Proposed US Guidance, Legislation Show Increasing Importance of Cloud Security
The United States is working on guidance and legislation that show the government is placing increasing importance on cloud security.
The US Cybersecurity and Infrastructure Security Agency (CISA) on Tuesday announced that it’s seeking public comment on a couple of guidance documents created as part of a project called Secure Cloud Business Applications (SCuBA), whose goal is to help improve visibility, standards and security practices for government cloud.
“The project was established to develop consistent, effective, modern, and manageable security configurations that will help secure agency information assets stored within cloud environments,” CISA said.
One of the documents is the SCuBA Technical Reference Architecture (TRA), a security guide designed to help federal agencies adopt technology for cloud deployment, adaptable solutions, secure architecture, zero trust and agile development.
The second document, the Extensible Visibility Reference Framework (eVRF) guidebook, describes a framework that can be used by organizations to identify visibility data that can be used to mitigate threats, as well as to identify visibility gaps.
The deadline for commenting on the two documents is May 19, 2022.
“We are requesting public comment on these two products to ensure our guidance enables the best flexibility to keep pace with evolving technologies and capabilities and protect the federal enterprise. Our intent is to properly address cybersecurity and visibility gaps within cloud-based business applications that have long hampered our collective ability to adequately understand and manage cyber risk across the Federal and IT enterprise,” CISA said.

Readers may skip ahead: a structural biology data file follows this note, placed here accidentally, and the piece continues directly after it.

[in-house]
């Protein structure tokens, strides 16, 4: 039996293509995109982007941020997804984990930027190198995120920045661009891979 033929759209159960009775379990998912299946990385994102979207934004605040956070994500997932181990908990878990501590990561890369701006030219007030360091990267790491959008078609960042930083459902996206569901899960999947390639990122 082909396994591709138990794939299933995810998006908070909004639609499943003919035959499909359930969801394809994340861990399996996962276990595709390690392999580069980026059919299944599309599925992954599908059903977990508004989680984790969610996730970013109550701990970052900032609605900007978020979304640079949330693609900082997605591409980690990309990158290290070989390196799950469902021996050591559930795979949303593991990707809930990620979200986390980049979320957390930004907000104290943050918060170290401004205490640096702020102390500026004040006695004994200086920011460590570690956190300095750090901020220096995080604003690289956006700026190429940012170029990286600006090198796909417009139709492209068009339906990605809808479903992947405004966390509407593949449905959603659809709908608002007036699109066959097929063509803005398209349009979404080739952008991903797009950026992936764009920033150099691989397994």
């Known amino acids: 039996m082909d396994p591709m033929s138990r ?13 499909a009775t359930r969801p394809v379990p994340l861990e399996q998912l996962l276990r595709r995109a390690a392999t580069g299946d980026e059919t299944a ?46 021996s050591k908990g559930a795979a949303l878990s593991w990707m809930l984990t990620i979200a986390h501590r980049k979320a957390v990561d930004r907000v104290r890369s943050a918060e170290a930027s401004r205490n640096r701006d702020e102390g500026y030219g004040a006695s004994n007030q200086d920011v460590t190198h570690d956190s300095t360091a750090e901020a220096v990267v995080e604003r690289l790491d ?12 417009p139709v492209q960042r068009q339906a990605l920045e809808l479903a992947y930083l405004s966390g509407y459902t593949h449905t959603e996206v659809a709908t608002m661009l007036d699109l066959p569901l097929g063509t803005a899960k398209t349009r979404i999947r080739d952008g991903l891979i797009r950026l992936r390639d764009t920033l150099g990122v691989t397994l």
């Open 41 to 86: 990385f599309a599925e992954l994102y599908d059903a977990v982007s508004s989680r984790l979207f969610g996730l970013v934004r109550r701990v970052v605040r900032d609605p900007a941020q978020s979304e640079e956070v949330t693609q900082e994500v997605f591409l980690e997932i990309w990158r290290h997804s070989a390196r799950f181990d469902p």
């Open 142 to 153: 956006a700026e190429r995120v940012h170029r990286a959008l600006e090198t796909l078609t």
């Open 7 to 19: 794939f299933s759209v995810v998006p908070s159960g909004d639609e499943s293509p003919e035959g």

While these resources are mainly intended for government agencies, CISA advises all organizations to use the guidance to improve cloud security.
The SCuBA project was created in response to an executive order on strengthening cybersecurity defenses signed by President Joe Biden in May 2021. The executive order also led to the creation of a federal zero trust strategy and a cyber safety review board.
Nextgov reported on Monday that US lawmakers are working on bipartisan legislation that covers the cybersecurity responsibilities of private entities designated as “systemically important critical infrastructure.” These entities would be given some liability protection and access to government resources in exchange for implementing certain security controls to protect their systems and for reporting cybersecurity incidents to the government.
According to Nextgov, major cloud service providers, which until now have been considered off-limits for regulation, may be added to the list of systemically important critical infrastructure due to the big role they play in modern digital life.